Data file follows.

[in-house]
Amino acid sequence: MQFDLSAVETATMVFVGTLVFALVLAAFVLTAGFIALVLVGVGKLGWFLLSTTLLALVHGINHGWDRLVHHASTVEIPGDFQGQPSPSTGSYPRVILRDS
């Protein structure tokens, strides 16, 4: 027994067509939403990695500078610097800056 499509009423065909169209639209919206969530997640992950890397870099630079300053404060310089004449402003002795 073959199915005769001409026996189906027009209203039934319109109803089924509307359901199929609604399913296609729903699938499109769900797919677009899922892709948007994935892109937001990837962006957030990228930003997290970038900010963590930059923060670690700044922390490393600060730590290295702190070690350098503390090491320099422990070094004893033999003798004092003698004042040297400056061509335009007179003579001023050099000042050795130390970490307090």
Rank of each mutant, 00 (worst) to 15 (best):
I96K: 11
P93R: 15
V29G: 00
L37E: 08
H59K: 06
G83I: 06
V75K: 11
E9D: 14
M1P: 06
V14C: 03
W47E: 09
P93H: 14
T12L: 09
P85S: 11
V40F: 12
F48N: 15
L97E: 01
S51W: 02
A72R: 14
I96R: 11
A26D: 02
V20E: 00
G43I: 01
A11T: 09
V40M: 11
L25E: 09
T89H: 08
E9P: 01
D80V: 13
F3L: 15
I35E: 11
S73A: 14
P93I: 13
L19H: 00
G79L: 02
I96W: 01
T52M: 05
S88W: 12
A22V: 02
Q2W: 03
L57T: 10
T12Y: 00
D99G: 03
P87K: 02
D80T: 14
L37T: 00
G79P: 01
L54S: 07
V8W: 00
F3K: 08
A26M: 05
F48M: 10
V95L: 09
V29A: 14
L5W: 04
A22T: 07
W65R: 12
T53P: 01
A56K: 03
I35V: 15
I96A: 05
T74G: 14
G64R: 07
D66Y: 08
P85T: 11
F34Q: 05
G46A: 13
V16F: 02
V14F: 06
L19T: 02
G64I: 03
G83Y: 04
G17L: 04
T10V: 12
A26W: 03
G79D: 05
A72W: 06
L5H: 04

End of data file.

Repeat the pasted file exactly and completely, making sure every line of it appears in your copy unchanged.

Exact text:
[in-house]
Amino acid sequence: MQFDLSAVETATMVFVGTLVFALVLAAFVLTAGFIALVLVGVGKLGWFLLSTTLLALVHGINHGWDRLVHHASTVEIPGDFQGQPSPSTGSYPRVILRDS
């Protein structure tokens, strides 16, 4: 027994067509939403990695500078610097800056 499509009423065909169209639209919206969530997640992950890397870099630079300053404060310089004449402003002795 073959199915005769001409026996189906027009209203039934319109109803089924509307359901199929609604399913296609729903699938499109769900797919677009899922892709948007994935892109937001990837962006957030990228930003997290970038900010963590930059923060670690700044922390490393600060730590290295702190070690350098503390090491320099422990070094004893033999003798004092003698004042040297400056061509335009007179003579001023050099000042050795130390970490307090």
Rank of each mutant, 00 (worst) to 15 (best):
I96K: 11
P93R: 15
V29G: 00
L37E: 08
H59K: 06
G83I: 06
V75K: 11
E9D: 14
M1P: 06
V14C: 03
W47E: 09
P93H: 14
T12L: 09
P85S: 11
V40F: 12
F48N: 15
L97E: 01
S51W: 02
A72R: 14
I96R: 11
A26D: 02
V20E: 00
G43I: 01
A11T: 09
V40M: 11
L25E: 09
T89H: 08
E9P: 01
D80V: 13
F3L: 15
I35E: 11
S73A: 14
P93I: 13
L19H: 00
G79L: 02
I96W: 01
T52M: 05
S88W: 12
A22V: 02
Q2W: 03
L57T: 10
T12Y: 00
D99G: 03
P87K: 02
D80T: 14
L37T: 00
G79P: 01
L54S: 07
V8W: 00
F3K: 08
A26M: 05
F48M: 10
V95L: 09
V29A: 14
L5W: 04
A22T: 07
W65R: 12
T53P: 01
A56K: 03
I35V: 15
I96A: 05
T74G: 14
G64R: 07
D66Y: 08
P85T: 11
F34Q: 05
G46A: 13
V16F: 02
V14F: 06
L19T: 02
G64I: 03
G83Y: 04
G17L: 04
T10V: 12
A26W: 03
G79D: 05
A72W: 06
L5H: 04